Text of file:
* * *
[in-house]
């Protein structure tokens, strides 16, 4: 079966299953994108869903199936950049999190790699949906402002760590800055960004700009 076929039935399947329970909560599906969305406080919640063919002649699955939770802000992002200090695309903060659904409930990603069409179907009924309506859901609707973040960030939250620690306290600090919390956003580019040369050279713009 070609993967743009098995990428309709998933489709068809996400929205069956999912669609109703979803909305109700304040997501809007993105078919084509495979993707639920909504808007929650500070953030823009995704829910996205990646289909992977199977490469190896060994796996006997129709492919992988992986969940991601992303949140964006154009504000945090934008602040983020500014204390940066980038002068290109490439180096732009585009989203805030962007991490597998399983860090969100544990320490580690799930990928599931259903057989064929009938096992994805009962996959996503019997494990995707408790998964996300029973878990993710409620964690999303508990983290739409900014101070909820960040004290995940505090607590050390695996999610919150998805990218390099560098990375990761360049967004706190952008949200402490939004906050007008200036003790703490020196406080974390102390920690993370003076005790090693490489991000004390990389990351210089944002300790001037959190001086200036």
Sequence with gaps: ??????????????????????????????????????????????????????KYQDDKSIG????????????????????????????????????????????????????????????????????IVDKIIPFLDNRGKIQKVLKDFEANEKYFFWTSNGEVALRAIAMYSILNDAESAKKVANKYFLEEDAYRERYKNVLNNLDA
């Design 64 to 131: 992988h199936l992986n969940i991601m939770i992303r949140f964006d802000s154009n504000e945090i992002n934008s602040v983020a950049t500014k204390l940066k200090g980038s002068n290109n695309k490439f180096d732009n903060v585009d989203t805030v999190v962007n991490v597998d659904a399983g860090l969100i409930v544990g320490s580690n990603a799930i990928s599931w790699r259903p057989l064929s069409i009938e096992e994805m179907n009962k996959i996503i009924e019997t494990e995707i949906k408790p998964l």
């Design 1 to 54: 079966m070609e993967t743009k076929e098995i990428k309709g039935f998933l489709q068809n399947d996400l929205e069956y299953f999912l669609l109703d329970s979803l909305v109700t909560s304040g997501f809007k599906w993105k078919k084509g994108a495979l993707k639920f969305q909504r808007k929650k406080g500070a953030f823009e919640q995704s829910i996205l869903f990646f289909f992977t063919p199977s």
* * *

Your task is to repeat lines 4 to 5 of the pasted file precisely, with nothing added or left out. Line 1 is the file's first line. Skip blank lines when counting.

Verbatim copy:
């Design 64 to 131: 992988h199936l992986n969940i991601m939770i992303r949140f964006d802000s154009n504000e945090i992002n934008s602040v983020a950049t500014k204390l940066k200090g980038s002068n290109n695309k490439f180096d732009n903060v585009d989203t805030v999190v962007n991490v597998d659904a399983g860090l969100i409930v544990g320490s580690n990603a799930i990928s599931w790699r259903p057989l064929s069409i009938e096992e994805m179907n009962k996959i996503i009924e019997t494990e995707i949906k408790p998964l």
């Design 1 to 54: 079966m070609e993967t743009k076929e098995i990428k309709g039935f998933l489709q068809n399947d996400l929205e069956y299953f999912l669609l109703d329970s979803l909305v109700t909560s304040g997501f809007k599906w993105k078919k084509g994108a495979l993707k639920f969305q909504r808007k929650k406080g500070a953030f823009e919640q995704s829910i996205l869903f990646f289909f992977t063919p199977s």